It used to be a controversial topic, climate change. Your science teacher would teach all about greenhouse gases and the ozone layer, but when you went home and ate dinner with your old man, the same info you had previously understood to be scientific fact was converted to "horse hockey" or "poppycock" and dismissed as false. Those days may have passed, and society may have more scientific proof, but our actions to prevent climate change really have remained minimal. Now we are beginning to see the implications.
In my geography class here at Penn State, we were asked to research a topic and present a plan to help find a solution. After choosing my topic, "New Malaria Outbreaks Near Mt. Kilimanjaro" a glaring problem occurred to me this has absolutely nothing to do with climate change. I was very mistaken.
Mt. Kilimanjaro is a dormant ice-covered volcano that rises above the Serengeti. Malaria is a disease, transmitted mainly through mosquitoes, which can cause fever, anemia, and various other incapacitating symptoms. Mosquitoes need warm temperatures and water to breed. So when discussing the problem of malaria in Africa, the main discussion point is the thwarting of mosquito contact with these things. In many, parts of Africa, both of these necessities are made available to them. The only places where mosquitoes cannot live are very dry parts of the desert and high elevations with cooler temperatures.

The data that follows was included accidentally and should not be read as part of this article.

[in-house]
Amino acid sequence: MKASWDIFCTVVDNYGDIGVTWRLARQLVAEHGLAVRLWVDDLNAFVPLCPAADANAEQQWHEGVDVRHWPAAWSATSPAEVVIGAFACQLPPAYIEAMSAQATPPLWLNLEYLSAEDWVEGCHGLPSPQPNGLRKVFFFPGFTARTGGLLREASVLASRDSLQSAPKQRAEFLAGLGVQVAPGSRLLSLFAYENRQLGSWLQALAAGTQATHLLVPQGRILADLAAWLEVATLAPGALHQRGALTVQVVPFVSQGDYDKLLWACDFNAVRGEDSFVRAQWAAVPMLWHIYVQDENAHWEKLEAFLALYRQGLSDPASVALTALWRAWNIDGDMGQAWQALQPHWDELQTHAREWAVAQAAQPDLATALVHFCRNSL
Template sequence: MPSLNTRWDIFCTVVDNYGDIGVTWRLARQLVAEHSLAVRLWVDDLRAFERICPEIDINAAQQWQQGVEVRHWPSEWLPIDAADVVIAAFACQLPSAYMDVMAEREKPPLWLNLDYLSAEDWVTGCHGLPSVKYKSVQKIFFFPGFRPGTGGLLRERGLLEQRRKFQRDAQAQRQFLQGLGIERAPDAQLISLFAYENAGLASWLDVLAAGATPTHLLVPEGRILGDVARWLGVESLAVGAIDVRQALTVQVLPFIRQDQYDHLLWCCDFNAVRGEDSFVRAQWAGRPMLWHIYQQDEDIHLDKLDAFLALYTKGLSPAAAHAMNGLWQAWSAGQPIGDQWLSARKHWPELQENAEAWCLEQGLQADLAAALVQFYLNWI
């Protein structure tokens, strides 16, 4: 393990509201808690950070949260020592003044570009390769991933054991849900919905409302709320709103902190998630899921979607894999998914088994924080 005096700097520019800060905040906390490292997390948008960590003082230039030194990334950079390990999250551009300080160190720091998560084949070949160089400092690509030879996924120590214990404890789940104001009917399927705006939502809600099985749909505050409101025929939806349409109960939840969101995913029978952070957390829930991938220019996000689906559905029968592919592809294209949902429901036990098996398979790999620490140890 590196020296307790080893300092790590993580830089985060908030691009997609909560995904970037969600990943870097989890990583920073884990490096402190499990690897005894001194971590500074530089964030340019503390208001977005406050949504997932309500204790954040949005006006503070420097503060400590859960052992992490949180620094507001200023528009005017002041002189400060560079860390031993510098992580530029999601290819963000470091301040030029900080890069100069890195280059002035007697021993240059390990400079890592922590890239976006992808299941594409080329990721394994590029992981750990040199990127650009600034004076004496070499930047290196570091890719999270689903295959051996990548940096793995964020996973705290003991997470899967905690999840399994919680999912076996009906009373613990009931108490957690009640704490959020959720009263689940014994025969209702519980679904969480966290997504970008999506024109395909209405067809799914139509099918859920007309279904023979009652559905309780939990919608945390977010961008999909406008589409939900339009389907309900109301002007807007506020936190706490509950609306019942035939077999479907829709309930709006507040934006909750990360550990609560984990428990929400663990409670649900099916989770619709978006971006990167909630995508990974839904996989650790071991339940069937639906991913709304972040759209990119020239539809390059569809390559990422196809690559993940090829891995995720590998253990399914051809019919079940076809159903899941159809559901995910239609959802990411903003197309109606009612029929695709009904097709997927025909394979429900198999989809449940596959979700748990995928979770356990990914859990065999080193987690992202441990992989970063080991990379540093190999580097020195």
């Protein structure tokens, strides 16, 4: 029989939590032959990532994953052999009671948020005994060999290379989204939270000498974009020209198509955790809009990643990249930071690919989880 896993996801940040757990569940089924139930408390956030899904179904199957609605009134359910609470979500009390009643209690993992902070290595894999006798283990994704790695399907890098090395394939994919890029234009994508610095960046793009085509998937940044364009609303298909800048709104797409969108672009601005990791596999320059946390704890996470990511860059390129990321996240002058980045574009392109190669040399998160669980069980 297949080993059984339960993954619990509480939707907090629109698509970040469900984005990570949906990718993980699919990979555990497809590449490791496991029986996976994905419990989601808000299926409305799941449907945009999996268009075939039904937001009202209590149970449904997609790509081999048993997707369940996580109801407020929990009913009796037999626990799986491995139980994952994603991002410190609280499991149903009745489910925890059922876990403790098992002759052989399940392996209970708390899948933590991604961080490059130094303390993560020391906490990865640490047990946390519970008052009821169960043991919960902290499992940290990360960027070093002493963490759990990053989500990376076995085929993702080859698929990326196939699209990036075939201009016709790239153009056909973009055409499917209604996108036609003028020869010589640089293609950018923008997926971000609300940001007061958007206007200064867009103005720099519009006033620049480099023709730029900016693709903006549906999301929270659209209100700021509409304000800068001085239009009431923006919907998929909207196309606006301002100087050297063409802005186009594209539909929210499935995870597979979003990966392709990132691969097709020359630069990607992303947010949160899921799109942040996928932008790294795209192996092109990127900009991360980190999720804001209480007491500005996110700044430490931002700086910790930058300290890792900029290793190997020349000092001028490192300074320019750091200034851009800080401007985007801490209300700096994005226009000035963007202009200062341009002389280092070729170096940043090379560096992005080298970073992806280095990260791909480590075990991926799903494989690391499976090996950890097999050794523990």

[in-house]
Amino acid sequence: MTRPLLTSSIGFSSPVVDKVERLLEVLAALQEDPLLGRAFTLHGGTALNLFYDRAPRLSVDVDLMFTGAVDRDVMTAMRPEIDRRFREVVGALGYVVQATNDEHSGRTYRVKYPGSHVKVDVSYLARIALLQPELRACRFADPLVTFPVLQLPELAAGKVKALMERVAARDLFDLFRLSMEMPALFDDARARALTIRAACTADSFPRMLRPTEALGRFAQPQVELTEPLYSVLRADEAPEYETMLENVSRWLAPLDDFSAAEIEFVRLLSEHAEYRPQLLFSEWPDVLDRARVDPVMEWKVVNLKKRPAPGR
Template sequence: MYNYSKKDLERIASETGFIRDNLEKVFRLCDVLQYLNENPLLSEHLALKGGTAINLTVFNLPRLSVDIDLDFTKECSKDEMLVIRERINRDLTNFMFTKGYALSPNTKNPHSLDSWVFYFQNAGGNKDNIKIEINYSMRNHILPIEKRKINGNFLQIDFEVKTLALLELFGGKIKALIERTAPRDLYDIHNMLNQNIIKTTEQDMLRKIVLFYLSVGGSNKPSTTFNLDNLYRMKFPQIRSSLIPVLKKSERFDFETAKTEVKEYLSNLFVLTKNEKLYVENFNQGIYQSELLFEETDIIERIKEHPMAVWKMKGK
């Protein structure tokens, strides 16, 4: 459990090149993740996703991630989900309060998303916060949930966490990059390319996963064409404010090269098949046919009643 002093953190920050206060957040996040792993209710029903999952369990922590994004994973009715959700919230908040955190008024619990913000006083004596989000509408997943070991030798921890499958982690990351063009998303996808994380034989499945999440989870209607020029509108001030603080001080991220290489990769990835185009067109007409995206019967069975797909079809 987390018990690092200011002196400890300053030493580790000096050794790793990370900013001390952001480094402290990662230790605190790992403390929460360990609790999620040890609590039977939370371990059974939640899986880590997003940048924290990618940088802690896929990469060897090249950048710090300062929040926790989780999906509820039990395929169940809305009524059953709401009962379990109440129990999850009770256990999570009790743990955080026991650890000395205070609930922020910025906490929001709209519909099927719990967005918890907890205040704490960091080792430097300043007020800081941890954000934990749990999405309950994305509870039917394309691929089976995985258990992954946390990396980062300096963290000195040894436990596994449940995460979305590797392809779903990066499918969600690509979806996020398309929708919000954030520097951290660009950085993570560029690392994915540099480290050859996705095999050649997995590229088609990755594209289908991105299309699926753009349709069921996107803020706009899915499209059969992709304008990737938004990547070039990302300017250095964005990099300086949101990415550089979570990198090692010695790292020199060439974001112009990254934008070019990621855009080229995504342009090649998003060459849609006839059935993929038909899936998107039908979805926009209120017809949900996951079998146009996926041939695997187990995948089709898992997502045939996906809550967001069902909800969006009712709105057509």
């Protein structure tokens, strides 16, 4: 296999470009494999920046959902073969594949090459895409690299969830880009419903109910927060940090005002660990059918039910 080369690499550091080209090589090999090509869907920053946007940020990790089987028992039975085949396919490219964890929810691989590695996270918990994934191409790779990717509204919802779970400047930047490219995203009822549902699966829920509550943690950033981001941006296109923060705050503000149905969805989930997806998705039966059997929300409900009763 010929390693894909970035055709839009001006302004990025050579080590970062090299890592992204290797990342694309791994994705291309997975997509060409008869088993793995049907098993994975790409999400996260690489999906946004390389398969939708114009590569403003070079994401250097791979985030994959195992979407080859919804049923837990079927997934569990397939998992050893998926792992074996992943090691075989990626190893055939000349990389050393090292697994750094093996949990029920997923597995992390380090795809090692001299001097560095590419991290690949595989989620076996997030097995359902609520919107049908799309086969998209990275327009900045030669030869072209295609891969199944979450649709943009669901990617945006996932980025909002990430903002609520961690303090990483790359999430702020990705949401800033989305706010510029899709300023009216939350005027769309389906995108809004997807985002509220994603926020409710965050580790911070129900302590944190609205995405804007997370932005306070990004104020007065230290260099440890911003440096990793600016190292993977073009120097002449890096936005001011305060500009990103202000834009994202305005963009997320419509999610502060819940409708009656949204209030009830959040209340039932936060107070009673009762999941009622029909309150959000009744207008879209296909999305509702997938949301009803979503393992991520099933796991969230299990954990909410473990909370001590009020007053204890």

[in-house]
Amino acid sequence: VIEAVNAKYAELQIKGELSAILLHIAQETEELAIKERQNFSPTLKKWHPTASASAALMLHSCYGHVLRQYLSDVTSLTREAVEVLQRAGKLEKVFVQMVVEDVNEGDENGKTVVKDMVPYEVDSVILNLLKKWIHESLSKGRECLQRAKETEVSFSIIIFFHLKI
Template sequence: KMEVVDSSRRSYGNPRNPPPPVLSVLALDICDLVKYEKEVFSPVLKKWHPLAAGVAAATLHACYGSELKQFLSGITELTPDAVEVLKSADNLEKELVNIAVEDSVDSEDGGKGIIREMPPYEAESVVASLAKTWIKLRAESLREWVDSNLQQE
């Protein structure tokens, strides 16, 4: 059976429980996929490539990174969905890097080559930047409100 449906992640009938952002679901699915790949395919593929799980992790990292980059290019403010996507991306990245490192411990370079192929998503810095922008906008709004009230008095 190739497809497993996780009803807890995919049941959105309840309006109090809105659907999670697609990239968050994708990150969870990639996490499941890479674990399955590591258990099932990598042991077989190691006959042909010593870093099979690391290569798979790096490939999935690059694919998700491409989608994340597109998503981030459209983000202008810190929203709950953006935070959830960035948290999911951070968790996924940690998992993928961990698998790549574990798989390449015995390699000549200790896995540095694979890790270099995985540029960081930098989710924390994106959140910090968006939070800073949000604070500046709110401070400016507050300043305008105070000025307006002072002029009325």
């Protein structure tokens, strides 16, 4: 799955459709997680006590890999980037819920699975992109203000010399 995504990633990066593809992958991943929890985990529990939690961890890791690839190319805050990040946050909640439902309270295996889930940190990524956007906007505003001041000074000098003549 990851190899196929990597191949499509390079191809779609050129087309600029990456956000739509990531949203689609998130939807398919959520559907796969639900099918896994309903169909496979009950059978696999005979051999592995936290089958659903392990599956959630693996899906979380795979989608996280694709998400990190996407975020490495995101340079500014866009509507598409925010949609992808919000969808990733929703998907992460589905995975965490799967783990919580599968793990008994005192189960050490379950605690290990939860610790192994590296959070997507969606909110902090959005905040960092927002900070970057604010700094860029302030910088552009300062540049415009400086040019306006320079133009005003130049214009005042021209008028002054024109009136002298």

Global warming is causing villages at higher elevations to experience warmer temperatures than before. Higher temperatures along with more water equal a massive change in the quantity of mosquitoes.
There are many organizations trying to help with this new threat to human life in the Kilimanjaro region of Tanzania. New mosquito nets and other precautionary materials are being distributed to and used by those who are in need of protection. Volunteers are devoting their time to help people half a world away, while science is developing a medical solution to the epidemic that is malaria.
I believe that this is just a snapshot of what is to come if we do not find a solution to our climate change dilemma. Maybe we are not affected by malaria, but by a whole new range of dangers that are undeterminable at this early stage in the process. If climate change is not somehow changed by our habits, there is no telling the unforeseen detriments to the human race as a whole.
Alexander J. Strohl
Submitted by Virtual Newsroom